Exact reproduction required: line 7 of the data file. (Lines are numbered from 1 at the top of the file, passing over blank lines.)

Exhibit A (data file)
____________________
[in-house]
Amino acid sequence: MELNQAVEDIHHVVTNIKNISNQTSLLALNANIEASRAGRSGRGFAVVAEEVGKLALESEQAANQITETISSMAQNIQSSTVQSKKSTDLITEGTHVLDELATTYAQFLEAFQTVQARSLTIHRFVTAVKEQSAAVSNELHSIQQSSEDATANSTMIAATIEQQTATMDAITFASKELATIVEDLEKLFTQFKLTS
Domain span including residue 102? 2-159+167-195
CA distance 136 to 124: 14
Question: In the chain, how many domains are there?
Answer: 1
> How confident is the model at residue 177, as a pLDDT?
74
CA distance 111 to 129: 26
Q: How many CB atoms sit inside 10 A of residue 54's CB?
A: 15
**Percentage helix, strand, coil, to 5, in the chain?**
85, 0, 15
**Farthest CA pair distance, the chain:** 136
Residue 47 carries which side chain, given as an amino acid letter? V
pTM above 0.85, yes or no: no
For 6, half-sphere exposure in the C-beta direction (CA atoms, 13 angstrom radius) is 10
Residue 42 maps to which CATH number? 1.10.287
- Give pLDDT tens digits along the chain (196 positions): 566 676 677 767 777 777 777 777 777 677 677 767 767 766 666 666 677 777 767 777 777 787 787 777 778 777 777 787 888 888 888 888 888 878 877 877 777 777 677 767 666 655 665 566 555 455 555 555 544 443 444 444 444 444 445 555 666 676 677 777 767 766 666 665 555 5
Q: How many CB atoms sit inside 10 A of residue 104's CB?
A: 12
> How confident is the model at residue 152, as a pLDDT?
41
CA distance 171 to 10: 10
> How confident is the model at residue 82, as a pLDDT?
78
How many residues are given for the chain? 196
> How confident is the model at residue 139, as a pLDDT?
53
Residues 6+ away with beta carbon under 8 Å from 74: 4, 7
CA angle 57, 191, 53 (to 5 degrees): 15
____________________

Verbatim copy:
> How confident is the model at residue 177, as a pLDDT?